We had the chance to sample the ST and Ti models (both in V6 all-wheel drive form) during the drive that had us cover terrain from sweeping country roads through to tight mountain roads and a hint of gravel driving.
While the ST is the value leader, the cloth interior looks a little cheap and may not be as hard wearing or easy to clean as the leather product offered in ST-L and Ti models. Even our small group climbing in and out managed to scuff parts of the door trim.
In terms of interior room both the first and second rows offer a stack of leg and head room. The second row can be reclined and move forwards and backwards offering a lot of added versatility. It offers a 60:40 split folding configuration and Nissan’s easy access system for the third row.
Using the 40-split folding section, it’s easy to pull a lever and watch as the seat slides forward and the base tilts out of the way. It means even taller adults, like yours truly, can easily climb in and out of the third row.
The third row is also spacious, even for adults. There are cupholders and cubbies for odds and ends. The top-specification Ti model also gets a rear entertainment system with wireless headphones and the ability to stream video over USB or HDMI.
What surprised us most was the amount of boot capacity, even with the third row in place. There is 453 litres available with the third row in place, 1354 litres with the third row folded and a crazy 2260 litres of capacity with both the second and third row folded flat. A versatile 2700kg braked towing capacity is also available on petrol models, with the hybrid limited to 1650kg braked towing capacity.
Our drive program covered a wide range of roads that gave us an opportunity to test the Pathfinder across a huge range of conditions. In and around the urban sprawl, the Pathfinder’s trademark cushy ride remains unchanged, despite increased ride firmness.
It reacts well to bumps and bridge connections, while dispatching speed humps with relative ease. That ride comfort, coupled with very comfortable seats means it’s a big tick in the box of urban driving.
The low-down torque of the V6 engine is also enough to make it quite zippy around town. The light steering and sharp throttle response ensure it’s quick to react regardless of the situation it’s found in.
Visibility out the front and sides is great, but rearward visibility can be limited with the third row in place due to the high head rests. Thankfully all models come with a rear-view camera, with the Ti picking up a surround-view camera with motion detection.
Heading out through winding, sweeping country roads the flexibility of the V6 becomes evident. It has enough pep to move with pace and the stepped function of the CVT works well to make it feel more like a torque converter.
It’s at these higher speeds that the lack of steering feel becomes obvious. It lacks feel about centre and doesn’t feel overly progressive. The calibration feels tailored to lower speed driving where it’s easier to steer. At higher speeds it lacks the accuracy to make minor adjustments, which isn’t a huge problem, but there should have been more time spent on fine tuning the feel.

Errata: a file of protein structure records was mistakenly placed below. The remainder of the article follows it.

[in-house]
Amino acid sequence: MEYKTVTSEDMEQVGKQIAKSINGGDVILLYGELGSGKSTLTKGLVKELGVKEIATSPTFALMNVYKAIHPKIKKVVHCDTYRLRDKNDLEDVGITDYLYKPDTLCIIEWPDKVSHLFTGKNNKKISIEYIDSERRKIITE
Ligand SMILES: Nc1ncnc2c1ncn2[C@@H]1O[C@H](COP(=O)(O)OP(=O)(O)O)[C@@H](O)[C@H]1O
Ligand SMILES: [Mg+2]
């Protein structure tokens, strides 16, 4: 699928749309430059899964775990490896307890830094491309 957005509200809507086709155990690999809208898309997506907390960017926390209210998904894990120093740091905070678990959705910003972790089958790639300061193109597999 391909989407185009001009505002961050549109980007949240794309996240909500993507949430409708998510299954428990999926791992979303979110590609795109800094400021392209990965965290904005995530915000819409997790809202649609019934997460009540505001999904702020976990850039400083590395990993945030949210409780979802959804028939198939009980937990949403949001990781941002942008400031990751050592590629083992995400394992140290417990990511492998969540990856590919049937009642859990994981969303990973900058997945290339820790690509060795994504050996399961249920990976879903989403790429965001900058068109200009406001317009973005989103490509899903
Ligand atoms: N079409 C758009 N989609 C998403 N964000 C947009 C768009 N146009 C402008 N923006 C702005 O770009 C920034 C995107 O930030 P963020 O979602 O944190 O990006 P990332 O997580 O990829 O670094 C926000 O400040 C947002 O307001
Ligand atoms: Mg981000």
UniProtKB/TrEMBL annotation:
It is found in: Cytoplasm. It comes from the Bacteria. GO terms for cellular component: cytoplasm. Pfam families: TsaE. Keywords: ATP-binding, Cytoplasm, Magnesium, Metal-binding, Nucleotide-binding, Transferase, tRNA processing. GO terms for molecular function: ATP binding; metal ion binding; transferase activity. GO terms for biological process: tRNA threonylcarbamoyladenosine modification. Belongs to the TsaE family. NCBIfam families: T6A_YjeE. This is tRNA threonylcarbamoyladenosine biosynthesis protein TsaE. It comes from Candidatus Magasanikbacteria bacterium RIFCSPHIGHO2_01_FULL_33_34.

With that said, it’s one of the few complaints as the car eats up country miles. It flows nicely through bends and has more than enough power for overtaking and merging on to freeways. It also helps that it has a nice engine note once it moves into the top end of the rev range.
Brake pedal feel is good and feels confident, meaning you won’t feel overwhelmed if you have a heavier load in the car and need to stop in a hurry.
In terms of four-wheel drive equipment, the Pathfinder isn’t quite the rough and tumbled off-roader it replaced. But, it manages to do well with the equipment it has. Featuring an intelligent on-demand four-wheel drive system, it runs in two-wheel drive until it needs to send torque to the rear.
It also uses a manually lockable centre differential for unsealed surfaces and occasional visits to the camp site – although don’t expect to do too much off-roading with a ground clearance of 181mm.
Nissan offers a three year, 100,000km warranty with the Pathfinder, which includes 12 monthly, 10,000km service intervals and three years of roadside assistance. Servicing over three years costs $945 for the V6 and $919 for the hybrid.
Despite being the newest model in this segment (following the recently refreshed Toyota Kluger), the Pathfinder doesn’t really bring anything new to the game. While the extra kit and better engine and transmission are welcomed, the Pathfinder remains a vanilla SUV option in the segment.
The Mazda CX-9 pips it for interior layout and driving dynamics, while Toyota rules the game with trademark reliability and resale value. The Koreans then step up the game even further with long warranties and value for money.
But, if you do need an SUV that offers a stack of interior room, a gutsy petrol V6 engine and a design that won’t blend in with the crowd, maybe the Pathfinder is for you. While there’s nothing necessarily wrong with it, it’s very much just a big bit of family haulage equipment.
We’re looking forward to stacking it up against its competitors in this segment to see if enough has changed to make it a more appealing proposition.